Building a Keggerator/Keezer – Part 1 – Temperature Control

For a while now I’ve wanted to convert a chest freezer into what is basically a fridge for kegs – a ‘Keggerator’, or ‘Keezer’.

Having the nice flat, sturdy bottom makes the chest freezer ideal for beer kegs, but they can’t be left as a freezer since frozen beer is no good.

To get around this I bought a digital thermostat controller from ebay (no point putting up a link as ebay links don’t last long, but search for something like ‘Digital Temperature Controller Sensor Thermostat Control’ ) – cost a whole £9.

The freezer was free – donated by the parent of a friend who no longer wanted it, and was going to chuck it away.

First job was to remove the vented side panel to see where I could fit the controller without damaging any component of the freezer

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There was plenty of room below the front control panel.

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I carefully cut out the hole using my dremel with a metal cutting disc.

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Check for fit…

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The basics of the wiring are to cut into the main power supply, before it reaches anything, and fit a connector block. From there the earth and neutral continue to their original destinations, but the live goes to the controller, and the return live from the controller goes to where live originally went.

From the connector block we also need an additional live and neutral feed to go to the controller for its power supply.

Finally the temperature sensor needs connected to the controller.

The precise way you may choose to wire this should you attempt it will depend on the freezer and your particular controller.

Since I was adding cable I was sure to add enough that I could wire up the controller outside the freezer where it was much easier and accessible, then slide it back into place and secure with the orange slide clips that just slide up the side and press against the inside wall, holding the unit in place.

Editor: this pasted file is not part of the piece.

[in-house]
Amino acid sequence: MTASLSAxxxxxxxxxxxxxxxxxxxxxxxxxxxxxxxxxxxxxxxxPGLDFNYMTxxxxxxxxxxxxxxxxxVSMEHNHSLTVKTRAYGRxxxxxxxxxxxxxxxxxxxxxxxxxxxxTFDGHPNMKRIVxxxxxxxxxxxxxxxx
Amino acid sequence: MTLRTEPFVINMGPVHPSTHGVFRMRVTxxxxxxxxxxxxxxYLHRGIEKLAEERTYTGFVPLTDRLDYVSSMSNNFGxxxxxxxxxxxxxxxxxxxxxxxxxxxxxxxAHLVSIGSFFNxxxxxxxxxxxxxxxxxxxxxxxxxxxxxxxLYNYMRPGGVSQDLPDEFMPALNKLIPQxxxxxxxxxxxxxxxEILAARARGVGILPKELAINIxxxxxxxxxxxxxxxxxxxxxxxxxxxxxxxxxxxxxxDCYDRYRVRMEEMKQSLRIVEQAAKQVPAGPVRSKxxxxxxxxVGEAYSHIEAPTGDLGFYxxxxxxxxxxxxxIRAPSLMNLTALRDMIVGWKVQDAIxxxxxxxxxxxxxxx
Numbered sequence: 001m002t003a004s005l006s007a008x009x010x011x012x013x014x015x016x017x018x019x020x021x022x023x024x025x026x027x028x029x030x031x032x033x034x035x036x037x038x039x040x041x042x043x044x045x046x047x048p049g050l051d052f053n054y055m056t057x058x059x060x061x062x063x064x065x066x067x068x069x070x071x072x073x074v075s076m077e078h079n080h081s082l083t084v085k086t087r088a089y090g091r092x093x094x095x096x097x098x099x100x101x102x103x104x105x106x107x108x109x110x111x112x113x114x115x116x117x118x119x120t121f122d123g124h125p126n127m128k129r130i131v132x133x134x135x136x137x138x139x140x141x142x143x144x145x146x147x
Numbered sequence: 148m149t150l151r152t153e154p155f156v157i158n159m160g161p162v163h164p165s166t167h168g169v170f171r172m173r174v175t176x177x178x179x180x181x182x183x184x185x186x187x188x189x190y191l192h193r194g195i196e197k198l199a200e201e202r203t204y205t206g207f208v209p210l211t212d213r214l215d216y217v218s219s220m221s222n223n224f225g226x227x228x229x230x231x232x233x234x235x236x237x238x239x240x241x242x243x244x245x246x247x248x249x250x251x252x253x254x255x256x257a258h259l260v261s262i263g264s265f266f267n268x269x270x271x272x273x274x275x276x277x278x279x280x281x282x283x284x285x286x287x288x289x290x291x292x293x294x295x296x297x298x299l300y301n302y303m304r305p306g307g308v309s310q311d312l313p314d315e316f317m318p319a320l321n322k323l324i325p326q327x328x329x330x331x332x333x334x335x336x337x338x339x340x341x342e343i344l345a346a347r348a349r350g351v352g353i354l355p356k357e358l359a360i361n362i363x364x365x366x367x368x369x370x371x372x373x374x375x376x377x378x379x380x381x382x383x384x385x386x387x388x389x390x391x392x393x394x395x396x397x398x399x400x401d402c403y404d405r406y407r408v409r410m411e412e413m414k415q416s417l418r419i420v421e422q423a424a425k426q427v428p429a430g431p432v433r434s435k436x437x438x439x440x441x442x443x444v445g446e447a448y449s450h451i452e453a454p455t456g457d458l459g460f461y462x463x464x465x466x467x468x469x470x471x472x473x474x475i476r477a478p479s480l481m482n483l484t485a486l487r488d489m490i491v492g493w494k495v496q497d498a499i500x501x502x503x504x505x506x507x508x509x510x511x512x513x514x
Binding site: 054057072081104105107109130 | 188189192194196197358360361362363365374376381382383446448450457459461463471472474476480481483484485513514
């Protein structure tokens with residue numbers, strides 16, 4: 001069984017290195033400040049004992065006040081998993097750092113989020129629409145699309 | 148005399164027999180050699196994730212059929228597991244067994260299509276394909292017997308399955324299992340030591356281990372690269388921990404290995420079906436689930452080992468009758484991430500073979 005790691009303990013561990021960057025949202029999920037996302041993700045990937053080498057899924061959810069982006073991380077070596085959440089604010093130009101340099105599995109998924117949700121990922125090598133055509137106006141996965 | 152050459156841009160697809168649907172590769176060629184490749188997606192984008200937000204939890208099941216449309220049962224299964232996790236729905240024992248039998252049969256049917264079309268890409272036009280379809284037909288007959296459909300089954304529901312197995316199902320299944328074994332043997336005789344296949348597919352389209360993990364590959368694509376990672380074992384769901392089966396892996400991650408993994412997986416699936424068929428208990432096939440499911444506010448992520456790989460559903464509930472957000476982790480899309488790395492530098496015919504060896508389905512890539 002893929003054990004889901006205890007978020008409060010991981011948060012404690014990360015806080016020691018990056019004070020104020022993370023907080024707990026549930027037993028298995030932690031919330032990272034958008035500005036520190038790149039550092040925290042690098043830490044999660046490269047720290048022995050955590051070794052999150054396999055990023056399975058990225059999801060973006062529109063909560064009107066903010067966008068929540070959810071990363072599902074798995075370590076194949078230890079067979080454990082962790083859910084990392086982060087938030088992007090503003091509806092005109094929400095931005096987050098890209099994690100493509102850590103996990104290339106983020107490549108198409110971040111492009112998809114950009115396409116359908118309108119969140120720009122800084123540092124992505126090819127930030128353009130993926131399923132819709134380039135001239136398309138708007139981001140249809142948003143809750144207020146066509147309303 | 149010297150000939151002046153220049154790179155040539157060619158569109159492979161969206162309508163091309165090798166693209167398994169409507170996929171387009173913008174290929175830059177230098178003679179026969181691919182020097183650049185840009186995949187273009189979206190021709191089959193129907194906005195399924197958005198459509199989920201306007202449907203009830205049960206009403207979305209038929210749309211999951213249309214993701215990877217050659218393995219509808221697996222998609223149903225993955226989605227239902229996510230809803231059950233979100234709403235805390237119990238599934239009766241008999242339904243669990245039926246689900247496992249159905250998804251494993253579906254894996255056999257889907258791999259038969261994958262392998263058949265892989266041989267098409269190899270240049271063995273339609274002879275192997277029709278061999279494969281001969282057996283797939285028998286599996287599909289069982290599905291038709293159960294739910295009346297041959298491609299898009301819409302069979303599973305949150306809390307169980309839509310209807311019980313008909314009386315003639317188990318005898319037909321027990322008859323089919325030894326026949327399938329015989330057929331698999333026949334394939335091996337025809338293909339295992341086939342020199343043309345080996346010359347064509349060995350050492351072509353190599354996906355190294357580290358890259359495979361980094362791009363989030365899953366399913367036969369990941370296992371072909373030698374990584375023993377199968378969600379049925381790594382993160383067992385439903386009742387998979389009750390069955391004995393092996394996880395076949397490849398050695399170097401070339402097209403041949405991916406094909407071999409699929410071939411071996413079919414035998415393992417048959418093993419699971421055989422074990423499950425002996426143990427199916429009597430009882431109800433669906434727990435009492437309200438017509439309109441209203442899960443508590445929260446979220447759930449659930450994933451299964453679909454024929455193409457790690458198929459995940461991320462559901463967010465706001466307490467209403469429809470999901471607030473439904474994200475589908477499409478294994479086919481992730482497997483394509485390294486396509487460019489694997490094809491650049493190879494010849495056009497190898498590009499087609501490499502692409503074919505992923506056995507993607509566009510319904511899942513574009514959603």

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With the power switched on and the temperature set on the controller (again, how to do that will depend on your own controller) the freezer sprang into action and began chilling.

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Once it hit the target temp, the power to the freezer was switched off by the controller, and only once the temp rose by 2 degrees did it switch back on, again only until the target temp was reached.

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The freezer has a red ‘Alarm’ light – obviously intended to illuminate to warn that the freezer is above, well, freezing. Since it’s going to be like that all the time now, I disconnected the neutral plug from the alarm light, and that stopped that showing, but didn’t stop the freezer running.

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With the testing complete it was time to put the wiring covers back in place and get a keg in the Keezer.

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Next step is to work out a way to use my beer engines with the Keezer…. it’s taken me a good few months to get around to doing this bit, so I wouldn’t hold your breath for part 2, but it will be coming soon(ish)

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